Wisconsin Assembly to vote on Foxconn incentives bill
(AP) — The Wisconsin Assembly planned to approve a $3 billion tax break Thursday for Taiwan-based Foxconn Technology Group to build a massive display panel factory in the state, a project President Donald Trump touted as a transformational win for the U.S. economy.
Democratic critics, who don't have the votes to stop the incentive package or the project, argued that debate should be delayed so the measure could be improved to add more protections for taxpayers, workers and the environment.
Minority Leader Peter Barca, who represents an area near where the plant is expected to be built in southeast Wisconsin close to the Illinois border, said Republicans hadn't done enough to work with Democrats on improvements.
"Usually if you rush things, FYI, it means the deal stinks," said Democratic Rep. Gordon Hintz, an opponent of the project who noted that Foxconn has made promises to build factories elsewhere and never followed through.
But Republican Assembly Speaker Robin Vos argued that the project that could employ up to 13,000 workers was an "American field of dreams" that will transform the state's economy and should not be passed up.
"I care about the future of our state," Vos said. "We can continue to be naysayers. We can continue to find every fault. We can say, 'Let's not take a chance.'"
The tax breaks up for a vote Thursday would be the largest in state history and the biggest to a foreign company in the U.S.
If built, the plant would be the first outside of Asia for liquid crystal display panels used in television, computers, medicine and other fields.
Republican Gov. Scott Walker, who led negotiations on the deal won by Wisconsin over competition from several other nearby states, has called it a once-in-a-generation opportunity.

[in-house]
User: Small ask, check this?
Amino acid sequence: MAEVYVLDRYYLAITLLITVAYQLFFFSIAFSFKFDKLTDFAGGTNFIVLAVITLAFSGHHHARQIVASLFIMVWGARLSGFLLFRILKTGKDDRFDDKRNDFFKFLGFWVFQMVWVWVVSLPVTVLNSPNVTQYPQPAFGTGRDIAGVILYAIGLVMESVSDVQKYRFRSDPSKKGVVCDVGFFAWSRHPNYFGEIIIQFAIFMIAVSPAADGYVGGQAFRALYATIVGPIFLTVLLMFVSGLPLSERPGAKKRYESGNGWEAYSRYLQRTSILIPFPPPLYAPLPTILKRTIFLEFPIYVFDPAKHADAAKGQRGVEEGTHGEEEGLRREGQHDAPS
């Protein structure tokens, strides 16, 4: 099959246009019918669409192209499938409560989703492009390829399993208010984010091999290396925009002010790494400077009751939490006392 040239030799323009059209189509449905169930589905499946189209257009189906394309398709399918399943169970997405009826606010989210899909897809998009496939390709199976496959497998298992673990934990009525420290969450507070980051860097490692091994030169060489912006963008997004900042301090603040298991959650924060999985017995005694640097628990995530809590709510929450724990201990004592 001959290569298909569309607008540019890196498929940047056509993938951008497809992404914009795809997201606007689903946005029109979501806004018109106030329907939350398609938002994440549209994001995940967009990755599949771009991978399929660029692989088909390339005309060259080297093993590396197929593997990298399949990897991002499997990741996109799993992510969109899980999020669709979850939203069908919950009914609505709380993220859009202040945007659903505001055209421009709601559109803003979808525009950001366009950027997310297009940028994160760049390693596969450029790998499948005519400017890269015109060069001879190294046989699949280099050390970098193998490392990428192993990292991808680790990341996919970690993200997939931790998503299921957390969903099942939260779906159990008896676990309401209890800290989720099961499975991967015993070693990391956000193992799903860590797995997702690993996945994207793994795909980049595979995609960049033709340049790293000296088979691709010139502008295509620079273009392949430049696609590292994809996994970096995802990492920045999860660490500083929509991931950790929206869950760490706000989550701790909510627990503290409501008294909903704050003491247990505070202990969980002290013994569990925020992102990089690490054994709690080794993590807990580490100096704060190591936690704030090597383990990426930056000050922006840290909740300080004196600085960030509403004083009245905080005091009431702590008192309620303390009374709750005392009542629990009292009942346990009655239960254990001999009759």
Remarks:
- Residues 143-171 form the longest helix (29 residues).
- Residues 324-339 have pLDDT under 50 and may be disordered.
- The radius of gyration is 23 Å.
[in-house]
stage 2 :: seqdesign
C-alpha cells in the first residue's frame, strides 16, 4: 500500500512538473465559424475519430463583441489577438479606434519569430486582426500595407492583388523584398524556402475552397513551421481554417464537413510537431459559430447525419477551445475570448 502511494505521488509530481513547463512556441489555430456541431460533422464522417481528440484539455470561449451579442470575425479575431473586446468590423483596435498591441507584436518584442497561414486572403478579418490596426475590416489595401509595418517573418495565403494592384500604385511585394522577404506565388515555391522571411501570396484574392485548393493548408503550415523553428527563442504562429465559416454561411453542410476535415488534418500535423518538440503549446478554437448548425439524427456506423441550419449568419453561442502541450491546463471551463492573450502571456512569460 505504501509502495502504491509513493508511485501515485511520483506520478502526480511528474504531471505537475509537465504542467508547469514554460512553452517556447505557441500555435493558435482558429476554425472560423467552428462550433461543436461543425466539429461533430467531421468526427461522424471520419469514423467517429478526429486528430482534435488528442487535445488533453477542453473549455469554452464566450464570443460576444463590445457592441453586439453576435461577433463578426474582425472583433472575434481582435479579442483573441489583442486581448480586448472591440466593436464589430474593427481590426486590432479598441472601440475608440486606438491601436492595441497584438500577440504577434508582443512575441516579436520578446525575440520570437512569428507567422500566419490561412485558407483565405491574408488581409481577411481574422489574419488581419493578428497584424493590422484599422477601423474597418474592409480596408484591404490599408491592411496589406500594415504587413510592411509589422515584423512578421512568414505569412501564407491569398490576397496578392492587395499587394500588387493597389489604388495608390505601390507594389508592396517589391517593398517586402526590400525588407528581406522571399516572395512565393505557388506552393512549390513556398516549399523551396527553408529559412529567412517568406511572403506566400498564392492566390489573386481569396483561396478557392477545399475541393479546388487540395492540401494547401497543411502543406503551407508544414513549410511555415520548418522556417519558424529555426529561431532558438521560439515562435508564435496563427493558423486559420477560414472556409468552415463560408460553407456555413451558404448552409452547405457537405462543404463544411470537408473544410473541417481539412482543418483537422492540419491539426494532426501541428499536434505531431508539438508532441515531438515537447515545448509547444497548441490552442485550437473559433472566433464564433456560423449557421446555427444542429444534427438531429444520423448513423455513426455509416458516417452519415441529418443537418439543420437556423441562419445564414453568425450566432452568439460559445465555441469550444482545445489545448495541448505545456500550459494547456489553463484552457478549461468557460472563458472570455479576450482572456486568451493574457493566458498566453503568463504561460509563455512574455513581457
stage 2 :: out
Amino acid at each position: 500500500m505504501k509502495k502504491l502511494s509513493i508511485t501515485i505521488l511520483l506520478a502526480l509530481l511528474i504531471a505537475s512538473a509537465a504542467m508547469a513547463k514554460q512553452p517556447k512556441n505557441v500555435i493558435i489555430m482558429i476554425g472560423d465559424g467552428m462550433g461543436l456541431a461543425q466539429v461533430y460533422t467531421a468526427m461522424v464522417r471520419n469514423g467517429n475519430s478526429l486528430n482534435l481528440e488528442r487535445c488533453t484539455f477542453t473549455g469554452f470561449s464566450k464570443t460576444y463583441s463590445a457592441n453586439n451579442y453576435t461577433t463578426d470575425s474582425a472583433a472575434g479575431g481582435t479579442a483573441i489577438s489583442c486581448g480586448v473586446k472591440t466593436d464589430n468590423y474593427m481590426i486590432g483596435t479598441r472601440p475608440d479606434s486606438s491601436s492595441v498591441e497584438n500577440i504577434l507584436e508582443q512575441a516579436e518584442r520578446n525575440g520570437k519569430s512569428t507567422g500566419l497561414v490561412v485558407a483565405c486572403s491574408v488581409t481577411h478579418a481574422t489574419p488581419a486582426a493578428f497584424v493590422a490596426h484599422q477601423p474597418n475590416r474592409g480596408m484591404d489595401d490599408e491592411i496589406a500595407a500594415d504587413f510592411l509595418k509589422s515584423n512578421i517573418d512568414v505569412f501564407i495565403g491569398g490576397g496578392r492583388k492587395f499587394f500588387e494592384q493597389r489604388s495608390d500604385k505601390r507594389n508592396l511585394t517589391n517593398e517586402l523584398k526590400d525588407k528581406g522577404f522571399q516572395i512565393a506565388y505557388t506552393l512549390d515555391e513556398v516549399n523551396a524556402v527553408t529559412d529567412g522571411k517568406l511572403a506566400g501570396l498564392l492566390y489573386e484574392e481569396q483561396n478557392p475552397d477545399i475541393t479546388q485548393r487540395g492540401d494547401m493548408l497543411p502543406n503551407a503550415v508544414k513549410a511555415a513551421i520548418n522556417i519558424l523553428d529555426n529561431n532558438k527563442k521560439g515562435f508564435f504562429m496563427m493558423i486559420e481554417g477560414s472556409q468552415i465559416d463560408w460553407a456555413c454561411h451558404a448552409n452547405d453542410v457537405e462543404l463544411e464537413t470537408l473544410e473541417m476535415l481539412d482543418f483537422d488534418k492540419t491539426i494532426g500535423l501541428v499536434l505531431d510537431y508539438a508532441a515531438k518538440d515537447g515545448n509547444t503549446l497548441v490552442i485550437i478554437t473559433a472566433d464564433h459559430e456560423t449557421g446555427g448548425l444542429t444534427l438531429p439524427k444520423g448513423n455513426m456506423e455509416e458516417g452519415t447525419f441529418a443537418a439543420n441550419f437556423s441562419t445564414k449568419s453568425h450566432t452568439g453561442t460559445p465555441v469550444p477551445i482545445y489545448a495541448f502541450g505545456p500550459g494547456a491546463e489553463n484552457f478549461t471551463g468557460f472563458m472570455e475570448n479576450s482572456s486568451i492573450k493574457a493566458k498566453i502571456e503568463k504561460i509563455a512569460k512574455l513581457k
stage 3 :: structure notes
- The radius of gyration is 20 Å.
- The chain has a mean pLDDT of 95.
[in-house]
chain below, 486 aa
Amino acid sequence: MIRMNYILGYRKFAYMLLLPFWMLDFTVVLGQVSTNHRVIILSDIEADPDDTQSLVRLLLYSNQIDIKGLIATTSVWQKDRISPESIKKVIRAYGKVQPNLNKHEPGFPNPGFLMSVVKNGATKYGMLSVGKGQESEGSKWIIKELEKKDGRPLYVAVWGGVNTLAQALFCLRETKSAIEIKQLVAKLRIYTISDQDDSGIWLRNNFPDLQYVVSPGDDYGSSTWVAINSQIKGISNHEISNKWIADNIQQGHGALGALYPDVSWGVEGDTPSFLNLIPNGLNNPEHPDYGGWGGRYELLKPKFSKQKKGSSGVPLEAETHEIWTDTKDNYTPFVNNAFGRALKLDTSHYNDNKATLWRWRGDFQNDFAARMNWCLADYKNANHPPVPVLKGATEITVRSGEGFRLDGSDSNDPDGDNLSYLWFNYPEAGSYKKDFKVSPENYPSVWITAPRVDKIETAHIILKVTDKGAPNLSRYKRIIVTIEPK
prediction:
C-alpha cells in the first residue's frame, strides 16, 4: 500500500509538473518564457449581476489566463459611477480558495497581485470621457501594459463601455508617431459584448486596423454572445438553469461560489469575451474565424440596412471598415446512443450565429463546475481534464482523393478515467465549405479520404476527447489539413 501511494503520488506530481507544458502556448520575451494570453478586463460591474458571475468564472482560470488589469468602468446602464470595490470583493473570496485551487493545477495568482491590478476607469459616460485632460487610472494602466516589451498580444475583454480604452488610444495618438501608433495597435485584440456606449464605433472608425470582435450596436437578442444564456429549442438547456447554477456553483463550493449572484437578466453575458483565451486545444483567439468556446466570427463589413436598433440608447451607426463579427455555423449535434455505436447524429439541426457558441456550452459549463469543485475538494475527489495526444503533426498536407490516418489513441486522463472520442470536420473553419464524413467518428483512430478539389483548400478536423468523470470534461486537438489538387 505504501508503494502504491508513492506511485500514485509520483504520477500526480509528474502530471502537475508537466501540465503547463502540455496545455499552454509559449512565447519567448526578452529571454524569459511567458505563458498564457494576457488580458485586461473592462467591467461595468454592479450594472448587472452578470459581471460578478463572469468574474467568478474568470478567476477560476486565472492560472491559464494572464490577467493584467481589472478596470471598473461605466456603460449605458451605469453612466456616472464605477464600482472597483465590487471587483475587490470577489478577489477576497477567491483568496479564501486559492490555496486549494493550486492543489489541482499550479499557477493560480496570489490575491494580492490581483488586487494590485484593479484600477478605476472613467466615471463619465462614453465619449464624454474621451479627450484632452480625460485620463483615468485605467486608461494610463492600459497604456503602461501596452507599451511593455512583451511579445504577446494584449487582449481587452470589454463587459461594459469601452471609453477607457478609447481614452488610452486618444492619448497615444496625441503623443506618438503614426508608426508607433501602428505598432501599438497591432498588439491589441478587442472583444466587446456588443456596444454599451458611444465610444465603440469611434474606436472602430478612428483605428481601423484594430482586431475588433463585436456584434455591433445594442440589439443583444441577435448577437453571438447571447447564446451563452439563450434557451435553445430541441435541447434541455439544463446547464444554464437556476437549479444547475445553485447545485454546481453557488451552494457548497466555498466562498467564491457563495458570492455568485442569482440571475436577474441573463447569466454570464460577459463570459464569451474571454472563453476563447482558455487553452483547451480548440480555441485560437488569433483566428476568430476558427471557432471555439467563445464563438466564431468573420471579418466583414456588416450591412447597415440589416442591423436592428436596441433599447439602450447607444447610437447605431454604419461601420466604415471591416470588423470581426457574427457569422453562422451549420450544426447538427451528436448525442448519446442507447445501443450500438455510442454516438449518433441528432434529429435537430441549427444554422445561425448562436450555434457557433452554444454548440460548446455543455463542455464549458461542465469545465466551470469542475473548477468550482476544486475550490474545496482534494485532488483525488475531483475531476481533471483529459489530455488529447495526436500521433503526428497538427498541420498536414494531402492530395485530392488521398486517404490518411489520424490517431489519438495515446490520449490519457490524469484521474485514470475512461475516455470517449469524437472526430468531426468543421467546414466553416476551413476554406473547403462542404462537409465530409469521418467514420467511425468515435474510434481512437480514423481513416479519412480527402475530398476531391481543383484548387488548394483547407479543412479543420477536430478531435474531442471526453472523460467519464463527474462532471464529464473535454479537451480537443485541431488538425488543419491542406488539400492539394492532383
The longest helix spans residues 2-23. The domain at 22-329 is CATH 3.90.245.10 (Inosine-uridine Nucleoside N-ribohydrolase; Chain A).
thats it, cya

The deal signed by Walker and Foxconn officials calls for the electronics giant to invest $10 billion in the state and hire up to 13,000 people at the massive plant that would be spread over a 20 million-square-foot campus. Construction would begin in 2020.
But critics question where enough trained people for the high-tech work at the plant will come from, given that Wisconsin's unemployment level is 3.1 percent and the state has long suffered from a shortage of skilled workers.
Opponents also point to a wide array of environmental regulations that would be waived under the deal, including the requirement that an environmental impact statement be prepared.
Not all conservatives are on board with the project. The Wisconsin chapter of the conservative group Americans for Prosperity, funded by billionaire brothers Charles and David Koch, came out against the deal as a free market advocate and opponent of government tax incentives.
It will take at least 25 years for Wisconsin taxpayers to break even under the deal, according to an analysis by the nonpartisan Legislative Fiscal Bureau.
Democrats complain the bill is moving too quickly through the Republican-controlled Legislature. Walker and Trump announced that Foxconn was coming to Wisconsin on July 26, and the $3 billion incentive package was introduced on July 28. The Assembly is voting on it less than three weeks later.
The measure must also clear the Senate, but Republicans there have indicated they may want to make changes. If that happens, the Assembly would have to vote on it again.
Republican Assembly leaders said they expected Democrats to join with them to make it a bipartisan vote to approve the measure.
"On things of this importance, we want to all stand together," Vos said before debate began.
Republicans control the Assembly 64-35.
The agreement with Foxconn calls for the state to approve the incentive package and secure the roughly 1.56 square miles (4.04 square kilometers) of land for the deal by the end of September.